23Fewer Diabetes Complications *400 fewer retinopathies*120 fewer amputations*40-80 fewer MI’s per year.Not many organizations with this scale of improvement and amount data to demonstrate impact1994 PBH goal – decrease cardiac events – accomplished 25% reduction in MI
24Tobacco ‘Vital Sign’ Impact MN Prevalence = 21%40% have quit!60% more asked!30% more get help!50% less 2nd Hand smoke!This means:54,000 people quitEach year 250 don’t die
25HealthPartners Payment Policy Never Events Patients Should Never Have to Pay for a Never Event As of January 1, 2005:Hospitals report Never Events to HPIHPI denies payment or recoups paymentApplies to hospitals only, not physiciansCharges are provider liabilityMember cannot be billed!
26Background Never Events In 1999 IOM documented the prevalence of medical errors in hospitals – “To Err is Human.”IOM recommended a mandatory reporting system to ID and improve persistent safety problems
27Background Never Events In response in 2002 the National Quality Forum (NQF)Defined 27 Never Events - things that should never, ever happenEstablished standards for reporting medical errors
28Some NQF Never Events Surgical Events Wrong surgery, body part or patientRetention of foreign objectProduct or DeviceContaminated drugs, devices, biologicsPatient ProtectionInfant discharged to wrong personPatient death associated with disappearanceCare ManagementPatient death or disabilityMedication errorStage 3 or 4 pressure ulcersEnvironmental EventsWrong gas deliveredBurn while being cared forCriminal EventsAbductionSexual Assault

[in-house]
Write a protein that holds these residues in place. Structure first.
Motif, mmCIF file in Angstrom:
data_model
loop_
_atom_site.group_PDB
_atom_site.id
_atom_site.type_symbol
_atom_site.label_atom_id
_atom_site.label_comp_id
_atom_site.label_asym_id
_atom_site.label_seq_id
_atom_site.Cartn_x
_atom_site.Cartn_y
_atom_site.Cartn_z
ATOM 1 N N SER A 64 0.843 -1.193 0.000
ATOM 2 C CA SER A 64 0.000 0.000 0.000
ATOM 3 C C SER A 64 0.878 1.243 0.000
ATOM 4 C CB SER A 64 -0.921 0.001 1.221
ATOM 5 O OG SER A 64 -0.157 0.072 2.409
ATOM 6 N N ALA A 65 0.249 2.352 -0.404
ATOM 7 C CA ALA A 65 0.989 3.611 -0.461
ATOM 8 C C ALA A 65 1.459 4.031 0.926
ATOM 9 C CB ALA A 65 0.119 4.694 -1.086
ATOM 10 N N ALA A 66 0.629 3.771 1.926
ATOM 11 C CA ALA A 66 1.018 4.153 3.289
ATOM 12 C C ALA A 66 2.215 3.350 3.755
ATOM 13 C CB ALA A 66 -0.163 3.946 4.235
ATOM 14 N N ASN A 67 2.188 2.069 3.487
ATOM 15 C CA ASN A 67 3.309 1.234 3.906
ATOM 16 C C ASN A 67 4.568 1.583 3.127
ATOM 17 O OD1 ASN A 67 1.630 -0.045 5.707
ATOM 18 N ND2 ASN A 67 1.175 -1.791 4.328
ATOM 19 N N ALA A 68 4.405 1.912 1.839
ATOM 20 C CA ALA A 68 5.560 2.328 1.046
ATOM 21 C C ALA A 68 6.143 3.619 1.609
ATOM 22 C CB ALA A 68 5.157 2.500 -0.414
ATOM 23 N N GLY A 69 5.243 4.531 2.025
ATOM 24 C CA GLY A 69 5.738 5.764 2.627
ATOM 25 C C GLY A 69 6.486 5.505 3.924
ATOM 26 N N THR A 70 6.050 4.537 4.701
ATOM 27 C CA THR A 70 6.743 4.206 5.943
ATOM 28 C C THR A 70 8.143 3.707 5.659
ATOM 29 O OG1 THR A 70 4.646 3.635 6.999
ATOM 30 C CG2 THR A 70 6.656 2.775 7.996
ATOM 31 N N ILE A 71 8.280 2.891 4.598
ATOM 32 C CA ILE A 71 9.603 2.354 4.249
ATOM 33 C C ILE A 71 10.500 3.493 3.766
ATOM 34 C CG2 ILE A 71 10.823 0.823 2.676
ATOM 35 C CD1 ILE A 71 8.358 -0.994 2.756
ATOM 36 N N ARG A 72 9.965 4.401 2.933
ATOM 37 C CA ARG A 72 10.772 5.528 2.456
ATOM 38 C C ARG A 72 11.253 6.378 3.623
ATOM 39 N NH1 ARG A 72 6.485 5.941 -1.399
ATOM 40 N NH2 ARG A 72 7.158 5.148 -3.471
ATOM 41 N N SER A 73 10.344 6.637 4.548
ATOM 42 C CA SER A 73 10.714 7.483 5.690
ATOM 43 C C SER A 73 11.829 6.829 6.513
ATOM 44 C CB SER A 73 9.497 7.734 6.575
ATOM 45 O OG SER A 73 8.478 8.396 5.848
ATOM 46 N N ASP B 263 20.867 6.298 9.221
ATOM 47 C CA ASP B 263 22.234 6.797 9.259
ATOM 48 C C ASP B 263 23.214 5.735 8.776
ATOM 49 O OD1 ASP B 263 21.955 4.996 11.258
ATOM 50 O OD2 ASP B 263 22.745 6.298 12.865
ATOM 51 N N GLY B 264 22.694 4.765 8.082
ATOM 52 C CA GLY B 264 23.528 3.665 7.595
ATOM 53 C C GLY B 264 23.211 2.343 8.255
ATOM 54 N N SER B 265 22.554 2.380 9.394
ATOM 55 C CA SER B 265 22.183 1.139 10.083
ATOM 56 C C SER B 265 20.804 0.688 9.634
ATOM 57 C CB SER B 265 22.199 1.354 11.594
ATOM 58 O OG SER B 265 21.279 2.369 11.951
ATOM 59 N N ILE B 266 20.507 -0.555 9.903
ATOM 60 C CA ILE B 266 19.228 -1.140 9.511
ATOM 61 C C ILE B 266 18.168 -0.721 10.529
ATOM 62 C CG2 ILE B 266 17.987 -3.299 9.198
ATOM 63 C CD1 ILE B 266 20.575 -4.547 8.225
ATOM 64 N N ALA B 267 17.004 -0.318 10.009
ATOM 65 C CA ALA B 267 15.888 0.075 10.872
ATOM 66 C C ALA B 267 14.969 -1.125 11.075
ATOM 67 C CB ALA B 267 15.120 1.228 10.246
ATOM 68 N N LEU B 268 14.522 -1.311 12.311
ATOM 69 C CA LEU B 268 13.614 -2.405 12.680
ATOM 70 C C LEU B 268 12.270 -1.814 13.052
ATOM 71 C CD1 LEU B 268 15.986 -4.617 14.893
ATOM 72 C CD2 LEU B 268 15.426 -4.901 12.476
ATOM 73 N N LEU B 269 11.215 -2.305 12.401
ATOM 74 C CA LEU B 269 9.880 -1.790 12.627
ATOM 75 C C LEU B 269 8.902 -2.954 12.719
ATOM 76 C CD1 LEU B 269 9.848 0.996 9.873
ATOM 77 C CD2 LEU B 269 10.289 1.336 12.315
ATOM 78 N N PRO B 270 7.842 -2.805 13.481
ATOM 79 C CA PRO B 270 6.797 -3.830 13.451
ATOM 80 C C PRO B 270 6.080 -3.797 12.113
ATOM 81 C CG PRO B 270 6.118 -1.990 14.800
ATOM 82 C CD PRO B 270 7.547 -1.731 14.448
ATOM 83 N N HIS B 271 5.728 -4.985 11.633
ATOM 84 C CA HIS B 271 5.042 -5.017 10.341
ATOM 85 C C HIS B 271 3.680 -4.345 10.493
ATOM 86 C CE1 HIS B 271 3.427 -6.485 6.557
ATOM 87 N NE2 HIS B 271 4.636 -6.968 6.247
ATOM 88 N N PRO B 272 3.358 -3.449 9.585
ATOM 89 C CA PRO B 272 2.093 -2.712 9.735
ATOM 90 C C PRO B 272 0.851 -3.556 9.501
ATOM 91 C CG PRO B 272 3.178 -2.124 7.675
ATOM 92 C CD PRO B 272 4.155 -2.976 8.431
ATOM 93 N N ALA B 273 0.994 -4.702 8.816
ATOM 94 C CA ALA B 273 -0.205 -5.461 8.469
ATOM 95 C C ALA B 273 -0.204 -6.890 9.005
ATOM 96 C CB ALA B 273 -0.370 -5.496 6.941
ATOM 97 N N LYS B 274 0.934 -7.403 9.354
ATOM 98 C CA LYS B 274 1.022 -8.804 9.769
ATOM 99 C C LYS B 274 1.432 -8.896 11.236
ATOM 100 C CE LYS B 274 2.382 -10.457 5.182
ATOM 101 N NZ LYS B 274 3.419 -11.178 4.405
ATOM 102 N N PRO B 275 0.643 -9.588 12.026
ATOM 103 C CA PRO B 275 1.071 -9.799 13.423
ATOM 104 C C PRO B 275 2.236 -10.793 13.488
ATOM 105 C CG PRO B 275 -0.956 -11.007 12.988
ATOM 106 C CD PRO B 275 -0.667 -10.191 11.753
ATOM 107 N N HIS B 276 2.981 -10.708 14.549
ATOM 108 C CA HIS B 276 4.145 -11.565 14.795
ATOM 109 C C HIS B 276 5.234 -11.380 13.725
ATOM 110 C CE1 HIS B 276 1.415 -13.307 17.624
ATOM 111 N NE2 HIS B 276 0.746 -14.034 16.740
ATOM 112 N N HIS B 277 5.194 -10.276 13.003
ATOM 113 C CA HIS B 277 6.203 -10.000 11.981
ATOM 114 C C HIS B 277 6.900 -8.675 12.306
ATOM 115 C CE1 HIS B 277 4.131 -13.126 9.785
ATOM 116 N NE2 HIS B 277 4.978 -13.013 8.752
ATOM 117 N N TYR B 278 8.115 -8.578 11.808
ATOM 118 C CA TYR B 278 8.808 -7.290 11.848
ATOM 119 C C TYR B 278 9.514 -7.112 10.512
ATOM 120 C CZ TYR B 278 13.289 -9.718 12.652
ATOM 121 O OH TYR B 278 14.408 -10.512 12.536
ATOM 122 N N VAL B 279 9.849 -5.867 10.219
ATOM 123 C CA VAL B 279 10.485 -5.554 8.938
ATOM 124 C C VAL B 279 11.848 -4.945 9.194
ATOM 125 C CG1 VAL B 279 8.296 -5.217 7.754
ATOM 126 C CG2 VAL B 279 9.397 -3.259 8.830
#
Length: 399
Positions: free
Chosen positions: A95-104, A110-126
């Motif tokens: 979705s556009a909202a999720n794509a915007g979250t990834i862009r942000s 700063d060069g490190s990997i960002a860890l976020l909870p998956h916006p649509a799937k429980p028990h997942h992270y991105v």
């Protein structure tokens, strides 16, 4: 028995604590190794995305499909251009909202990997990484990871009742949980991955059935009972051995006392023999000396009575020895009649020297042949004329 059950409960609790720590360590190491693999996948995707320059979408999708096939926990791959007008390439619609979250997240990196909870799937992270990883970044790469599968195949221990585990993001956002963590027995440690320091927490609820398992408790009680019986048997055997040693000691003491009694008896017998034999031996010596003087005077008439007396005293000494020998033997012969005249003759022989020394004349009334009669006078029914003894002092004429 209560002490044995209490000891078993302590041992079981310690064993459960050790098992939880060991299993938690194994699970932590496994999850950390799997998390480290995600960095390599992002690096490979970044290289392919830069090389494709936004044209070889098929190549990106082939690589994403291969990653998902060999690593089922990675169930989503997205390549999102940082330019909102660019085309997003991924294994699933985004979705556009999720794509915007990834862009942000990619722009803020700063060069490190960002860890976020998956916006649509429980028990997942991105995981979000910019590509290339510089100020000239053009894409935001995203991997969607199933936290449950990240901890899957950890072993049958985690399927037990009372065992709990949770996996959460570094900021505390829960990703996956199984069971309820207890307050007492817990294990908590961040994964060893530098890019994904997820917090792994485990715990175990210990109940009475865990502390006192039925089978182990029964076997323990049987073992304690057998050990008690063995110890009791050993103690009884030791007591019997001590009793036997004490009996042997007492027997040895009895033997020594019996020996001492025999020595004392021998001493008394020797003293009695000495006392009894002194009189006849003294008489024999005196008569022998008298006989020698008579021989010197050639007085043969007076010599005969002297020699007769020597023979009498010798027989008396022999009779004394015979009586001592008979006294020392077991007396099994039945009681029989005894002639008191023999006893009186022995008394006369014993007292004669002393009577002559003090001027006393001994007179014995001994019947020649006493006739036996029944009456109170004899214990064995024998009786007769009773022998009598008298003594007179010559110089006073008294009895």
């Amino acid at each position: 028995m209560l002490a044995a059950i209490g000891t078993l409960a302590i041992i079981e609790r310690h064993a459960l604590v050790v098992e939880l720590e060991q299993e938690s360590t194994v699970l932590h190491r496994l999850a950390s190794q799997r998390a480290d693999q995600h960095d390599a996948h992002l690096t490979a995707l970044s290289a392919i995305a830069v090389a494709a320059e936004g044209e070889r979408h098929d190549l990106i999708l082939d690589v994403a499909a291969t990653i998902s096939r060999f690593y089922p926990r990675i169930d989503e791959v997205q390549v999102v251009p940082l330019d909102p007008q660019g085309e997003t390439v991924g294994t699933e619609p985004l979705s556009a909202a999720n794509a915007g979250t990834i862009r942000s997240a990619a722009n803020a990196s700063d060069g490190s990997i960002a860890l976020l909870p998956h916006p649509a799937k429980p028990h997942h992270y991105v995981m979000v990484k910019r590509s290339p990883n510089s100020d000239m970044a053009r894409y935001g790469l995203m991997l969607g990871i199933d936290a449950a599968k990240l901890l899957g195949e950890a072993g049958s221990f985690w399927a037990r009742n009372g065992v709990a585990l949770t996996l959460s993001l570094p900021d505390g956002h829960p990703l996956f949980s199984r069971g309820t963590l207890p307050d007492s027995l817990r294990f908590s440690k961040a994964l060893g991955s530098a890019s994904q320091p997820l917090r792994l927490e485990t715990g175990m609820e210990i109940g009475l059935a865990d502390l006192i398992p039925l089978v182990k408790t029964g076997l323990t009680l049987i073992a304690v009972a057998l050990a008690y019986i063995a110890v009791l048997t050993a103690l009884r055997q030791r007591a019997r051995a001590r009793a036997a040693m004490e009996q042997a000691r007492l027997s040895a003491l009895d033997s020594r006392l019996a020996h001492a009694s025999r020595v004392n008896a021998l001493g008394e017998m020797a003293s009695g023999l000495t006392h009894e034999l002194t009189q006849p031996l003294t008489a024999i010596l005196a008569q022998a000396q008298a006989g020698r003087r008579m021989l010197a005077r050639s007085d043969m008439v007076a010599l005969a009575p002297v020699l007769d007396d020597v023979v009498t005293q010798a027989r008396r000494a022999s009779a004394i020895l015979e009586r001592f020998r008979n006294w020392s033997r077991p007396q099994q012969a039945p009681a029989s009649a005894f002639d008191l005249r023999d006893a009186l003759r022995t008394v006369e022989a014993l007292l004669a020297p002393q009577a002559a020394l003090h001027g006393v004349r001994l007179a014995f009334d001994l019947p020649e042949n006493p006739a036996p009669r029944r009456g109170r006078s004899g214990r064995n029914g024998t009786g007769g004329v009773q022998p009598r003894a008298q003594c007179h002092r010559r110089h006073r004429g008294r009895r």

29Minnesota’s Adverse Health Event Reporting Law Mandated the reporting and systematic tracking of NQF “Never Events”Sponsored by a coalition of hospitals, doctors, nurses, and patient advocatesBold leadership by Minnesota hospitalsPassed May, 2003 and effective July, 2004First in nation – unparalleled transparency
30Adverse Health Events in Minnesota Hospitals First public report for period July 1, 2003 – October 6, 2004 *Surgical 52 eventsProduct or device eventsPatient protection 2 eventsCare Management 31 eventsEnvironmental eventsCriminal event99 events*Represents event reports completed during transition period of law
33ICSI (Institute for Clinical Systems Improvement) A collaboration of 48 medical groups & hospital systemsSponsored by six health plansEstablished 1993Includes 54 hospitals and medical practices totaling 7100 physicians (2/3rds in MN)
35MissionThe mission of our collaboration is to champion the cause of health care quality and to accelerate improvement in the value of the health care we deliver.
36Crossing the Quality Chasm Committee’s Conclusion: The American health care delivery system is in need of fundamental change. The current care systems cannot do the job. Trying harder will not work. Changing systems of care will.To order:
37Care System Supportive payment and regulatory environment Adapted from IOM,Crossing the Quality ChasmCare SystemSupportivepayment andregulatoryenvironmentOrganizationsthat facilitatethe work ofpatient-centered teamsHighperformingpatient-centeredteamsOutcomes:SafeEffectiveEfficientPt CenteredTimelyEquitableRedesign of care processes based on best practiceEffective use of information technologiesKnowledge and skills managementDevelopment of effective teamsCoordination of careIncorporation of performance and outcome measurementsfor improvement and accountability
38A supportive payment and regulatory environment (In other words, a non-toxic payment and regulatory environment) is a critical requirement for crossing the quality chasm.